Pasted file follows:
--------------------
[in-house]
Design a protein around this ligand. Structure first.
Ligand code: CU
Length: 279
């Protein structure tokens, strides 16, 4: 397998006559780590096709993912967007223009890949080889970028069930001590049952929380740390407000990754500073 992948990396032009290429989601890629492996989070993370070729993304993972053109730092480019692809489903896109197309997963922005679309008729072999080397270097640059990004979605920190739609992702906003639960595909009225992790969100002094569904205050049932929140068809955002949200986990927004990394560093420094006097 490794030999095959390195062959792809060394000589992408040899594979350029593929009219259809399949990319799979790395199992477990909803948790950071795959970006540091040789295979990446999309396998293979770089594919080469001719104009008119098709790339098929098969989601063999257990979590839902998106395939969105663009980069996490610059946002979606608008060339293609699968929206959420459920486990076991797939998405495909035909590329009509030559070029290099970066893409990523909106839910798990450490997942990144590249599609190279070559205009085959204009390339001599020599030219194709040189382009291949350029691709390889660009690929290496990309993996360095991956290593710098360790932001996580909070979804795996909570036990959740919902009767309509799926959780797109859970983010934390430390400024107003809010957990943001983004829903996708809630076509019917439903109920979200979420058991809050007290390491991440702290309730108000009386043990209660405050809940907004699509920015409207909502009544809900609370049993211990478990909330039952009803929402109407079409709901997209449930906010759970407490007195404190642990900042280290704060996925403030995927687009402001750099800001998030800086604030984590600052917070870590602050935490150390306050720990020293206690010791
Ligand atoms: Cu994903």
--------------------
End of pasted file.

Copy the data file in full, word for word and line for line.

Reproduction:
[in-house]
Design a protein around this ligand. Structure first.
Ligand code: CU
Length: 279
């Protein structure tokens, strides 16, 4: 397998006559780590096709993912967007223009890949080889970028069930001590049952929380740390407000990754500073 992948990396032009290429989601890629492996989070993370070729993304993972053109730092480019692809489903896109197309997963922005679309008729072999080397270097640059990004979605920190739609992702906003639960595909009225992790969100002094569904205050049932929140068809955002949200986990927004990394560093420094006097 490794030999095959390195062959792809060394000589992408040899594979350029593929009219259809399949990319799979790395199992477990909803948790950071795959970006540091040789295979990446999309396998293979770089594919080469001719104009008119098709790339098929098969989601063999257990979590839902998106395939969105663009980069996490610059946002979606608008060339293609699968929206959420459920486990076991797939998405495909035909590329009509030559070029290099970066893409990523909106839910798990450490997942990144590249599609190279070559205009085959204009390339001599020599030219194709040189382009291949350029691709390889660009690929290496990309993996360095991956290593710098360790932001996580909070979804795996909570036990959740919902009767309509799926959780797109859970983010934390430390400024107003809010957990943001983004829903996708809630076509019917439903109920979200979420058991809050007290390491991440702290309730108000009386043990209660405050809940907004699509920015409207909502009544809900609370049993211990478990909330039952009803929402109407079409709901997209449930906010759970407490007195404190642990900042280290704060996925403030995927687009402001750099800001998030800086604030984590600052917070870590602050935490150390306050720990020293206690010791
Ligand atoms: Cu994903």